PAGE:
Queens University of Charlotte

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Queens University of Charlotte
Former names
Queens College (1912–2002)
MottoNon ministrari sed ministrare (Latin)
Motto in English
Not to be served but to serve
Religious affiliation
Endowment$100 million (2016)[1]
PresidentDr. Pamela L. Davies
Academic staff
124 full-time
Location, ,
CampusUrban Low-rise brick academic and residence buildings, along with tennis courts and sports facility
NewspaperThe Queens Chronicle
ColorsBlue and gold
AthleticsNCAA Division IISouth Atlantic Conference
MascotRex the Royal
Queens University of Charlotte Logo.png

Queens University of Charlotte is a private, co-educational, comprehensive university located in Charlotte, North Carolina, United States. The school has approximately 2,300 undergraduate and graduate students through the College of Arts and Sciences, the McColl School of Business, the Wayland H. Cato, Jr. School of Education, the James L. Knight School of Communication, Hayworth School of Graduate and Continuing Studies and the Andrew Blair College of Health, which features the Presbyterian School of Nursing. Established in 1857, the university offers 34 undergraduate majors and 66 concentrations, and 10 graduate programs. It is affiliated with the Presbyterian Church (USA).


The main entrance to Queens University of Charlotte

Queens University of Charlotte is a co-educational, master's level university.

Founded in 1857 as the Charlotte Female Institute, the school was originally at College and 9th streets in what is now Uptown Charlotte. From 1891 to 1896, it was called the Seminary for Girls. In 1896, the Concord and Mecklenburg Presbyteries chartered the Presbyterian Female College. The seminary merged with this new college. In 1912, anticipating the move to the present campus in the Myers Park neighborhood, the school became Queens College.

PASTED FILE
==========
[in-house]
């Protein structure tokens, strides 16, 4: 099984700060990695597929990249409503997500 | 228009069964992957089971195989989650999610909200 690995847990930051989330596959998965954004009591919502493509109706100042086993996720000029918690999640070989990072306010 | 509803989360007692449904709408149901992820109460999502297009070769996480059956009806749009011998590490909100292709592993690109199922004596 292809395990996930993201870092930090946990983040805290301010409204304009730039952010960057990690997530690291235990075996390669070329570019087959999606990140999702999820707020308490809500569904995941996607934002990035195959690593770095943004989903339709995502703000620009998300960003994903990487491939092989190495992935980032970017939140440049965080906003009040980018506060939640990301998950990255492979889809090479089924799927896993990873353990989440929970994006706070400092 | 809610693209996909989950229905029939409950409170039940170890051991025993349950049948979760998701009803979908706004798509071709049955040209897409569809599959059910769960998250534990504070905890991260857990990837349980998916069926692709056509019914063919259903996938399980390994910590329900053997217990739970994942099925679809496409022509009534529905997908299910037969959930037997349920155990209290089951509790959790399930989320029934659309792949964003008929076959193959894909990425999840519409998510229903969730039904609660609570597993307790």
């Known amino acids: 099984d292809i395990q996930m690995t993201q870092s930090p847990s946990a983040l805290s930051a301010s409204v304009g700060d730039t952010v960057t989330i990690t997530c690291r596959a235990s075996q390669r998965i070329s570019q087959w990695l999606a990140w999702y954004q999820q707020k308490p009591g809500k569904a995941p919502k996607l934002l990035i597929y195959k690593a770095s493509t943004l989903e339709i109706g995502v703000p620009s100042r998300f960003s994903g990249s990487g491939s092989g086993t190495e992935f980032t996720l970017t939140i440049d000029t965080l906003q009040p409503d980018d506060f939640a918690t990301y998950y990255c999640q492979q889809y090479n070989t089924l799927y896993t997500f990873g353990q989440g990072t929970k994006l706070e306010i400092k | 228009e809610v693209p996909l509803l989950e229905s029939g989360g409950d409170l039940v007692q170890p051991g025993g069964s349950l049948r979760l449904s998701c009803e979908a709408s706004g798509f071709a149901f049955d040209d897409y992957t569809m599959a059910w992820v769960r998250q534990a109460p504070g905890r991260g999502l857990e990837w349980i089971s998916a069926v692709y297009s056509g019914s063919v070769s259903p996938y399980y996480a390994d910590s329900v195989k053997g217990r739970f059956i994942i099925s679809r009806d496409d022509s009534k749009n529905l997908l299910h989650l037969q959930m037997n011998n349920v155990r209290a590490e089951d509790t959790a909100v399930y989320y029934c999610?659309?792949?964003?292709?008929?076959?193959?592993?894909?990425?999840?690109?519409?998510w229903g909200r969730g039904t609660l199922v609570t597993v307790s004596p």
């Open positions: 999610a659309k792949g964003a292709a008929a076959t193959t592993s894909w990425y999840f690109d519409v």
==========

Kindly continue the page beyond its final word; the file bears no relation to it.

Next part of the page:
The name Queens College was adopted for three reasons: at the request of the Alumnae Association to disarm prejudice in deference to other Presbyterian colleges which claimed an equal right to the denominational name; to commemorate Queen's Museum, a classical school established in Charlotte in 1771; and to honor Queen Charlotte of Mecklenburg. In the aftermath of World War II, Queens admitted its first male students. A co-educational Evening College was established in 1948 that provided instruction for adults. It was the forerunner of the New College, which was inaugurated in 1979 as an undergraduate evening program designed for working adults. In 1995, New College was renamed the Pauline Lewis Hayworth College.

In 1979, the traditional undergraduate liberal arts college at Queens was renamed the College of Arts and Sciences (CAS). It began admitting resident males in 1987 when Queens went co-ed.

In 1989, CAS adopted the innovative Foundations of Liberal Learning program, which is now known as the Core Program in Liberal Arts and is required of all first-year students.

The International Experience Program, now known as the John Belk International Program, was established in 1989. Juniors and seniors participate in a variety of study programs that range from study tours, language programs, a month-long environmental studies program in Yap in Micronesia or a summer-long foreign internship, to semester-long study abroad exchanges in Hong Kong or Ireland. Since its inception, the program has received national recognition from U.S. News & World Report. Queens recently[when?] ranked no. 2 in the country for its "percentage of students who travel abroad" (2009) with close to 90 percent participation. In 2008, the program added study tours to Vietnam and South Africa.